civilians, as they were in their 1982 invasion of Lebanon (the journalist Robert Fisk
remembers seeing the bodies of 2 children re-igniting when taken out of the
mortuary). Furthermore, the Secretary of the European Committee on Radiation Risk
states that samples taken from blast sites suggest that uranium- based bombs may
have been used as well. Hospitals were hit and UK newspapers carried photographs of
a wrecked ambulance, with the point of entry of the missile at the very centre of the
large red cross painted on the roof. I note a letter in the Lancet of September 2 2006 in
which a physician in the Family Medicine Programme, American University of
Beirut, describes his attempts to recruit colleagues to help staff a hospital several
kilometres away. He reports that volunteers did not want to go in an ambulance
"because such vehicles were targets".

The IMA have been entirely and consistently silent about the medical ethical aspects
of such events, as PHRI confirms. Indeed Hadas Ziv, current head of PHRI, tells me
that the IMA no longer even replying to their letters of concern: it sounds as if the
IMA is boycotting PHRI! Similar letters from PHRI to the WMA also go unanswered.
What are they to infer from this?

Our call for boycott focuses on the IMA specifically, but we could further note that
these grave matters have attracted very little condemnation from the medical
profession in Israel (PHRI apart), with their academic bases in Israeli medical schools
and research institutes. Many of these doctors have international academic
connections, and unlike their Palestinian counterparts their movements are
unhampered, their respectability and probity unchallenged. Why is this? Indeed
Israeli medical campuses have maintained a studied silence about the tremendous
harm done over many years to the capacity of their Palestinian counterparts to
function normally: the restrictions, the prolonged closures, the damage to property,
the campus incursions by the Israeli army, the arbitrary expulsions, the harassment
and shooting of students on their way to lectures. Because of the building of the Wall
(declared illegal by the International Court of Justice in July 2004), which looms over
the campus of Al-Quds medical school in Jerusalem, final clinical exams were
disrupted and displaced because suitable patients could not reach the medical school,
and in 2005 twelve graduates from Gaza were refused permits to attend the graduation

It is hard to avoid the conclusion that with honourable exceptions most doctors and
medical academics are in active or passive collusion with an aggressive colonisation,
with the control and, increasingly, the frank crushing of every sector of Palestinian
civil society, and with a self-justifying discourse that trades on a dehumanising
contempt for Palestinian as people in a different moral universe. So what are we to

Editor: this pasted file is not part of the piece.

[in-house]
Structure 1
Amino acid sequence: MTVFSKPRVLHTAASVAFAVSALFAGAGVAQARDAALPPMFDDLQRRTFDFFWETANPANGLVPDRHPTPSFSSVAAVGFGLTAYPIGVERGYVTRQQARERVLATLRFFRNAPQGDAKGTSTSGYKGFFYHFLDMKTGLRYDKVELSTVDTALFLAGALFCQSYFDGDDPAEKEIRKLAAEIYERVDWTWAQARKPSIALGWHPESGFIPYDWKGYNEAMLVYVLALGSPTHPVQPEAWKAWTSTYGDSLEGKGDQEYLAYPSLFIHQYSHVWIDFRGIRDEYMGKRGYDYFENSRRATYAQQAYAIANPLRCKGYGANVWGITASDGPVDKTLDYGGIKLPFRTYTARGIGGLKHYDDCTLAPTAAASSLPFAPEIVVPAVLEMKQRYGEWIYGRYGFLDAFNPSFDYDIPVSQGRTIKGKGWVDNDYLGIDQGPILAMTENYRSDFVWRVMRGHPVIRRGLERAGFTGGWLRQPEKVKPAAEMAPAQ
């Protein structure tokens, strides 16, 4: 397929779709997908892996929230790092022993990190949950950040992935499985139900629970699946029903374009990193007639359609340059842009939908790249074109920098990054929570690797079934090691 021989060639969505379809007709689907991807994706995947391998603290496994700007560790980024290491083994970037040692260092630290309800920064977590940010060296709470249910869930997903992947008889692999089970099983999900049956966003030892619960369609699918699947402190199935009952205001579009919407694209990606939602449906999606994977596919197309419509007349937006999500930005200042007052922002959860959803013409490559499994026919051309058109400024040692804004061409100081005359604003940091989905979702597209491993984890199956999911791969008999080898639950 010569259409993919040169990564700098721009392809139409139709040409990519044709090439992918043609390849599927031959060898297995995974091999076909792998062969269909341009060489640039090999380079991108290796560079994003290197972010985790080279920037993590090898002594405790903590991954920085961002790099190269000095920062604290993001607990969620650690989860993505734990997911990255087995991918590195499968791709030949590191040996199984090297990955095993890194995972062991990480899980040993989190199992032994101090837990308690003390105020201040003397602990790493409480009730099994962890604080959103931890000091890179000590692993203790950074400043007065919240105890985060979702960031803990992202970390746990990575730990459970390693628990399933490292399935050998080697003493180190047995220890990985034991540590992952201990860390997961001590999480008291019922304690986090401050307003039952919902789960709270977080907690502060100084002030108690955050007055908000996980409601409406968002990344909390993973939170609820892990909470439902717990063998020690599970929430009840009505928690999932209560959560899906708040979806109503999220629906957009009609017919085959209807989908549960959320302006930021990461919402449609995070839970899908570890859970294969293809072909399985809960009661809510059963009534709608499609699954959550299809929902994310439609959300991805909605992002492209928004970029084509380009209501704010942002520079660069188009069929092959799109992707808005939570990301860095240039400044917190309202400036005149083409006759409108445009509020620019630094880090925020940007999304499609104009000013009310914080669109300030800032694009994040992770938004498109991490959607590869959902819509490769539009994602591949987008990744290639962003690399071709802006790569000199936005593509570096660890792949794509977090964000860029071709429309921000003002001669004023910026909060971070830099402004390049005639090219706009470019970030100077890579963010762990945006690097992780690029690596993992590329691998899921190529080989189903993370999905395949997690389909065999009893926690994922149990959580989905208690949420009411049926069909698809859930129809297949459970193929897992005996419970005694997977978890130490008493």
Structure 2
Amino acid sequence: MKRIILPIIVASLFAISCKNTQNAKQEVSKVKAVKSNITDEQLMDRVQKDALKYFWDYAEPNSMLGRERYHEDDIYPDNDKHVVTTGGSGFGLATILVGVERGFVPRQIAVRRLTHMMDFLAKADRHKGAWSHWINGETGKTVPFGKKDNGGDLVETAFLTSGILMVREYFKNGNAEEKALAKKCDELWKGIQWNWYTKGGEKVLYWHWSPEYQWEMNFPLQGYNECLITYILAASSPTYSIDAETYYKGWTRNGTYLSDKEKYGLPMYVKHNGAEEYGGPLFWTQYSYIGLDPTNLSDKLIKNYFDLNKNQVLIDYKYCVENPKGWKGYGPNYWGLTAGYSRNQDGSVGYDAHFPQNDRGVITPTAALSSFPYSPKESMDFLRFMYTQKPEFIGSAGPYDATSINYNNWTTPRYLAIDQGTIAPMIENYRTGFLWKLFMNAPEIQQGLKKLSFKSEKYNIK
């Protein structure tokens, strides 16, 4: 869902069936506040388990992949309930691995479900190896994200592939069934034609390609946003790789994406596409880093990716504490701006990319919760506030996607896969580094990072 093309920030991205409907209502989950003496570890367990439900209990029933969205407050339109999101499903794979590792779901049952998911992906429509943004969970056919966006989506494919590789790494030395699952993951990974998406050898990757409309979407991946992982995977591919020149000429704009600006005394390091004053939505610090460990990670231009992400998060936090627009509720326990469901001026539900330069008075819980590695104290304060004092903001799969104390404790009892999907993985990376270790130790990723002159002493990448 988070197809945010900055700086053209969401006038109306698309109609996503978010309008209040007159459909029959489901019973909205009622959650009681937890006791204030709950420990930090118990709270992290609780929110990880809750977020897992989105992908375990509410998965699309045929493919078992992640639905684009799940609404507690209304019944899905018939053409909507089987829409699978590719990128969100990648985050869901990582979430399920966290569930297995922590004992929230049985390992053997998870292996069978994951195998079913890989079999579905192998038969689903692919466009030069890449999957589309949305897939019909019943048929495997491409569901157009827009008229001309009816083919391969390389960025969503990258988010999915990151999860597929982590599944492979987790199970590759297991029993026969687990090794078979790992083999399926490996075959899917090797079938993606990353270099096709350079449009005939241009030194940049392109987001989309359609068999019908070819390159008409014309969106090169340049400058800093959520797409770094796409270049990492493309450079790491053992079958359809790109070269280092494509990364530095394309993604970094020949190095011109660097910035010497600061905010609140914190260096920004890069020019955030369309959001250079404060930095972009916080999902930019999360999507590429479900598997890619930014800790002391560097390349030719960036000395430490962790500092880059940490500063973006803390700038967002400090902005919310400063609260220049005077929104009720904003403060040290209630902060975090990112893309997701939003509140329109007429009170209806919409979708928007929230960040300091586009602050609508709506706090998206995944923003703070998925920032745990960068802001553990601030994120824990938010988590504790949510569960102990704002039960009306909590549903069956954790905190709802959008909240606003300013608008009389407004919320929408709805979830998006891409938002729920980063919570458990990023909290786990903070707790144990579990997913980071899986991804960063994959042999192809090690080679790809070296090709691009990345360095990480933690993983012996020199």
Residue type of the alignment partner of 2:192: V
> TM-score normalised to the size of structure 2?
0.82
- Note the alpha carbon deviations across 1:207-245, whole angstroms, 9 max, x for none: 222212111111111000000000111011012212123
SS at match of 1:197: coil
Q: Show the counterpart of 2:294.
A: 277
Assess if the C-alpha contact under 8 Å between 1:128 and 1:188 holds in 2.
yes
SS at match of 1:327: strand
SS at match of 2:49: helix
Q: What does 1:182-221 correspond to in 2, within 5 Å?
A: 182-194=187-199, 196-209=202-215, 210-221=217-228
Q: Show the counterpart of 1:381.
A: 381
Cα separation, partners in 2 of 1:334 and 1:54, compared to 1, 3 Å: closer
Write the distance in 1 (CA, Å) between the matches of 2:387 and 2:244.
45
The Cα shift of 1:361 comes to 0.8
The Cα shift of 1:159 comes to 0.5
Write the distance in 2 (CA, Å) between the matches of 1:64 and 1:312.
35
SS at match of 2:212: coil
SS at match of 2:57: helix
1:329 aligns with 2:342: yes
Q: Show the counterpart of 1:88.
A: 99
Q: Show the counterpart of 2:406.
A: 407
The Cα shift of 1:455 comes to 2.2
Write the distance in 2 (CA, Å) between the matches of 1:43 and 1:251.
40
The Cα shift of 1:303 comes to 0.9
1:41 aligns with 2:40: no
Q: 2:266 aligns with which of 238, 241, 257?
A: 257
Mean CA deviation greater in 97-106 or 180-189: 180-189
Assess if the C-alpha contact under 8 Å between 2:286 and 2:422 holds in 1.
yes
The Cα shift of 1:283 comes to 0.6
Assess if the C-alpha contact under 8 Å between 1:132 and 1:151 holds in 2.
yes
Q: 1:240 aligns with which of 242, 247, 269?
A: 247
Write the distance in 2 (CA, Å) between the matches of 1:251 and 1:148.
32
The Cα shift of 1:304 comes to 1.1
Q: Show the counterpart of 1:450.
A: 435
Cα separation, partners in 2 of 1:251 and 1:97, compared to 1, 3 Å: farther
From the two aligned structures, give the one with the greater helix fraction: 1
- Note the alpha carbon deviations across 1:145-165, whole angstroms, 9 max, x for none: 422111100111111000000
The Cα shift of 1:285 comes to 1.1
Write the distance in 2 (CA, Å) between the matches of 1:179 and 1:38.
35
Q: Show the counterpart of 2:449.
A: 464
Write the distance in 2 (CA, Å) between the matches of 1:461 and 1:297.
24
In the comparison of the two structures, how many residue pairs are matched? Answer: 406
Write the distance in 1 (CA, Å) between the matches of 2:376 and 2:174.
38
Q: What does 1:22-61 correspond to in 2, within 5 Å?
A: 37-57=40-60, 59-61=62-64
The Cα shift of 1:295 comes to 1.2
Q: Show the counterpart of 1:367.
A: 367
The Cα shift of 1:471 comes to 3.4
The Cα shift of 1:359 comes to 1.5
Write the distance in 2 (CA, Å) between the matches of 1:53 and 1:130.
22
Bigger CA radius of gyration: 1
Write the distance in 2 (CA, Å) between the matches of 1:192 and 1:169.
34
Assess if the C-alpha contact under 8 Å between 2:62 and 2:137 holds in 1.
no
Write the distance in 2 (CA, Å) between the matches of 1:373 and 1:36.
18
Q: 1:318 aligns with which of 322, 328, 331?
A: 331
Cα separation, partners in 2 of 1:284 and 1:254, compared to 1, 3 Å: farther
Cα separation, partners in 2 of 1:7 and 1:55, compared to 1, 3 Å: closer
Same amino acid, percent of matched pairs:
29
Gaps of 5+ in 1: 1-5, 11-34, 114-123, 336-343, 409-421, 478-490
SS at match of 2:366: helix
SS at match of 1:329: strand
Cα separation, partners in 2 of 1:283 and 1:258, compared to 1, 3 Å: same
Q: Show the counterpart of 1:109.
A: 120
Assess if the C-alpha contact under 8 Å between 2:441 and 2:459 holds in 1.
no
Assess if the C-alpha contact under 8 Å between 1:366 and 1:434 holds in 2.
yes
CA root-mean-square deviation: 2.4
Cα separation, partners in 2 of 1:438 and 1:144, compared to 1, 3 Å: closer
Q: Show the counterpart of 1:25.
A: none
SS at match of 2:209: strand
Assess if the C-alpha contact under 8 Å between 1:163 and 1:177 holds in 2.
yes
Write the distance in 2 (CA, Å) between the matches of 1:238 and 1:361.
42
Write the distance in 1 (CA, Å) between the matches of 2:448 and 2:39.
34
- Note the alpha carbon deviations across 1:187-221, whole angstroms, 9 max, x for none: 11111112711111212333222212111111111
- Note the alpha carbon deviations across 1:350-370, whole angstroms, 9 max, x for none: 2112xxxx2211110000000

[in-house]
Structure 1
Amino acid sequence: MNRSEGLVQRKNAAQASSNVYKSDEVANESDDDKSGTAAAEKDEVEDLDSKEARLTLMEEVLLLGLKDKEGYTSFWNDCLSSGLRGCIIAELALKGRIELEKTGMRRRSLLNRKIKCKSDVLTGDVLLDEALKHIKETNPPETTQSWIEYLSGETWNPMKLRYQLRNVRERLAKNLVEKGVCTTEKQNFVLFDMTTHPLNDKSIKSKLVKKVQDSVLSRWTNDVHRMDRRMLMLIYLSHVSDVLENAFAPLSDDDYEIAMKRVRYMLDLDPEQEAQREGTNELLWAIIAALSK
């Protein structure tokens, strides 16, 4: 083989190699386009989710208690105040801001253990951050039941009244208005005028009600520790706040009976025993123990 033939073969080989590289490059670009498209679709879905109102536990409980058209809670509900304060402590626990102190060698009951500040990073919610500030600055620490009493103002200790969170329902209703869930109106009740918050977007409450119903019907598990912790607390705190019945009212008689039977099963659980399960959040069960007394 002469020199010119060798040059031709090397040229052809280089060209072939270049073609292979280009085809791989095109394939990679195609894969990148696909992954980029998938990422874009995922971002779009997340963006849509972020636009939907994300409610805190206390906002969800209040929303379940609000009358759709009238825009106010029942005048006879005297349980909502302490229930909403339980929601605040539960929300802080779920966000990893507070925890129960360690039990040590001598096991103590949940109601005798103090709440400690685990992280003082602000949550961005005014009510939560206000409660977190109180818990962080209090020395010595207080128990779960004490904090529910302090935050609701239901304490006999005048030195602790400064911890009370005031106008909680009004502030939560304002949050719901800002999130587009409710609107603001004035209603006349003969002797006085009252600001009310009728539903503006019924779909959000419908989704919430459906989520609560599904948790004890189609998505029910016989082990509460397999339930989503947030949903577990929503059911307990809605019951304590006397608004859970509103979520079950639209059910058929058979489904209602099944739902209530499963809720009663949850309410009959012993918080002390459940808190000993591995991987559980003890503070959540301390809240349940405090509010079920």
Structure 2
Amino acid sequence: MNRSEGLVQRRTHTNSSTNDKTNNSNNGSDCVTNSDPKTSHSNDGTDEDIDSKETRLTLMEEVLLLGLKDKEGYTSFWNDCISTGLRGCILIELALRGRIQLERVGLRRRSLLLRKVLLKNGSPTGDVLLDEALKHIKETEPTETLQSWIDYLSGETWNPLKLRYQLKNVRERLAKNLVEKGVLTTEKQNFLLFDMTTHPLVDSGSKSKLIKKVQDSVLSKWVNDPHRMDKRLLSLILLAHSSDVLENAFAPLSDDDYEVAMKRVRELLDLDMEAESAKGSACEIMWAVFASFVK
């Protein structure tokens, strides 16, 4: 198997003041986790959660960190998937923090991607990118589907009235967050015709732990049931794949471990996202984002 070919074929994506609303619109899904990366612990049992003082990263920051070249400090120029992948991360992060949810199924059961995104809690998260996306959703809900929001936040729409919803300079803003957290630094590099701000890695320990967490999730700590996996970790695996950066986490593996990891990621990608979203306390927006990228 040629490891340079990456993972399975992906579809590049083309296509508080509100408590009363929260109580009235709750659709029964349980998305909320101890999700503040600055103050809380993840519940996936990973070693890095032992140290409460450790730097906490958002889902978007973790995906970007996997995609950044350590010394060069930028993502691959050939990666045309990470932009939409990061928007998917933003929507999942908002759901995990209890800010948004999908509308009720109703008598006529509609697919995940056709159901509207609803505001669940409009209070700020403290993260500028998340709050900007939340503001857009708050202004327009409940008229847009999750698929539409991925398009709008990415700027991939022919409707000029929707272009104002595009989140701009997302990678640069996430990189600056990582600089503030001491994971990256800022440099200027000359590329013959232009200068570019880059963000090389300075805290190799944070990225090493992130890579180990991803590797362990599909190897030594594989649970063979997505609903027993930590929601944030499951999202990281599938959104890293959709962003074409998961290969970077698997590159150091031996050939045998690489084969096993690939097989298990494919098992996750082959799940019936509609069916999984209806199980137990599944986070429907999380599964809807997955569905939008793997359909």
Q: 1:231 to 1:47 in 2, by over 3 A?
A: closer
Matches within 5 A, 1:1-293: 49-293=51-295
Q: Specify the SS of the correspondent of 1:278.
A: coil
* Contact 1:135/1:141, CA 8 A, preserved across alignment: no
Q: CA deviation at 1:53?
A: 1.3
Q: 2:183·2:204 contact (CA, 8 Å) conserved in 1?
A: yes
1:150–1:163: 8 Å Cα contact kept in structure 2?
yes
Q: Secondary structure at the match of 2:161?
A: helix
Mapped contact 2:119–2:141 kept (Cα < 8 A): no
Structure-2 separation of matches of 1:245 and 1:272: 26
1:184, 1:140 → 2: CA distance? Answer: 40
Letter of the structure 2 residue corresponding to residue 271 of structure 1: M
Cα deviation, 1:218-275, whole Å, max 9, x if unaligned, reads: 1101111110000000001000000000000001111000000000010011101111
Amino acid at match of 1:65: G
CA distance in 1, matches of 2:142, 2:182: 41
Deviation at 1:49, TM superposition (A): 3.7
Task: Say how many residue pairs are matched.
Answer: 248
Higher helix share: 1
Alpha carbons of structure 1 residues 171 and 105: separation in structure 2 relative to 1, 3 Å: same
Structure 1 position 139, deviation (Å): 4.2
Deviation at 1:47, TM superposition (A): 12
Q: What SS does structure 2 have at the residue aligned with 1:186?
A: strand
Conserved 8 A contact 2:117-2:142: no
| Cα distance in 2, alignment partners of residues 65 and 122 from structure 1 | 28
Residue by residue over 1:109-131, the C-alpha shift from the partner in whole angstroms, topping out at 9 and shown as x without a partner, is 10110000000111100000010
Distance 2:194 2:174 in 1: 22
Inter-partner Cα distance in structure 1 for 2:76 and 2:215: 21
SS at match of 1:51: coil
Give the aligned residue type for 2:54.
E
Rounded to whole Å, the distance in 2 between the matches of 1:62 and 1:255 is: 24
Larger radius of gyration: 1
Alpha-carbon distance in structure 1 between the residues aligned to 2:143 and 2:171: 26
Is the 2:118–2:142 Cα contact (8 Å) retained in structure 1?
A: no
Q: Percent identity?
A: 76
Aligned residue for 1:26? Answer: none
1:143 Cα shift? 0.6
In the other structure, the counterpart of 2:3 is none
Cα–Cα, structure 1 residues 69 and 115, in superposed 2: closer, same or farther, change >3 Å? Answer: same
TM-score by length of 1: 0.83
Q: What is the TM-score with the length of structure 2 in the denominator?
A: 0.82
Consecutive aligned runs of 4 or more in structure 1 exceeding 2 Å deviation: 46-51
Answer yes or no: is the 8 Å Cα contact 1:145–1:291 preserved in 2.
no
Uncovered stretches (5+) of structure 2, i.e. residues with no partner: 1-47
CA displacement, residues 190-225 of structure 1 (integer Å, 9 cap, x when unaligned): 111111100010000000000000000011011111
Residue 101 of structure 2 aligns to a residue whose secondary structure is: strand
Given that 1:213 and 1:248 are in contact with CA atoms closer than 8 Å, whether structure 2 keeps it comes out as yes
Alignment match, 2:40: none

do? Firstly, repeated efforts to reach out to the IMA has been unavailing, as
experience bears out unambiguously. Secondly, the WMA have refused to challenge
the IMA; or even to acknowledge the problem. They seem unmoved by the mountain
of material by Amnesty and others- how can this be? Indeed in a telephone
conversation with me 3 years ago WMA Secretary General Delon Human defended
the IMA. Thirdly, British doctors might expect some action from their own
association, the BMA, whose International Committee deal with ethical matters, but
they have hidden behind platitudes ("we believe in education", as if the IMA had not
had a clear-cut strategy over many years). The BMA has consistently declined to
challenge the IMA record at the WMA and has stressed its collegiate relationship with
the IMA.

We do not lightly call for an academic boycott but things have surely come to this. If
not now, when? It was at a moment like this that calls went out (and there was
considerable opposition then too) for the academic isolation of South Africa during
the apartheid era. This rightly included a boycott of the medical profession for
collusion of a very similar nature to what we see today in Israel. For instance, the
Medical Association of South Africa was for a time suspended from membership of
the WMA. On visits out there in recent years (I am South African born) I have heard
it said more than once that the boycott played a distinct role in bringing the profession
to its senses. As in South Africa, the Israeli medical profession, and the establishment
generally, is sensitive to opinion in the Western world, not least from fellow doctors.

A boycott of the IMA (which is an institutional, not individual boycott) in an extreme
situation is a moral and ethical imperative when all else has failed, for otherwise we
are in effect turning away. It is not contrary to "academic freedom", as some assert,
but in its very spirit, I appeal for colleagues to join us.

Derek Summerfield

To top